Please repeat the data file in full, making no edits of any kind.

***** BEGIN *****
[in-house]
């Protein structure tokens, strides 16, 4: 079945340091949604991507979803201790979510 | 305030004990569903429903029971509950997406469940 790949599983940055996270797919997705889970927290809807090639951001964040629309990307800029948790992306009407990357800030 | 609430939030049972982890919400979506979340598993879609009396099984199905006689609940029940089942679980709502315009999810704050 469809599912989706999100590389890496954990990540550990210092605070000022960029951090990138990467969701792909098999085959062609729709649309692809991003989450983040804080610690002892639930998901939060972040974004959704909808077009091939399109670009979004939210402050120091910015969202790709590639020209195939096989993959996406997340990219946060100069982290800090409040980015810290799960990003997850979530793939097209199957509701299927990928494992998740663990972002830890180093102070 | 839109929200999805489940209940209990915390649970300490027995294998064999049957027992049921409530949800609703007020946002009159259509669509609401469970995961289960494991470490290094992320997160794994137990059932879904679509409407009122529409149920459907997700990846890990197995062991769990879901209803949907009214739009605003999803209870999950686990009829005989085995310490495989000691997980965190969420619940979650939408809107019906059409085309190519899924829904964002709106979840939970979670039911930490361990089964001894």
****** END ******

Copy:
[in-house]
């Protein structure tokens, strides 16, 4: 079945340091949604991507979803201790979510 | 305030004990569903429903029971509950997406469940 790949599983940055996270797919997705889970927290809807090639951001964040629309990307800029948790992306009407990357800030 | 609430939030049972982890919400979506979340598993879609009396099984199905006689609940029940089942679980709502315009999810704050 469809599912989706999100590389890496954990990540550990210092605070000022960029951090990138990467969701792909098999085959062609729709649309692809991003989450983040804080610690002892639930998901939060972040974004959704909808077009091939399109670009979004939210402050120091910015969202790709590639020209195939096989993959996406997340990219946060100069982290800090409040980015810290799960990003997850979530793939097209199957509701299927990928494992998740663990972002830890180093102070 | 839109929200999805489940209940209990915390649970300490027995294998064999049957027992049921409530949800609703007020946002009159259509669509609401469970995961289960494991470490290094992320997160794994137990059932879904679509409407009122529409149920459907997700990846890990197995062991769990879901209803949907009214739009605003999803209870999950686990009829005989085995310490495989000691997980965190969420619940979650939408809107019906059409085309190519899924829904964002709106979840939970979670039911930490361990089964001894």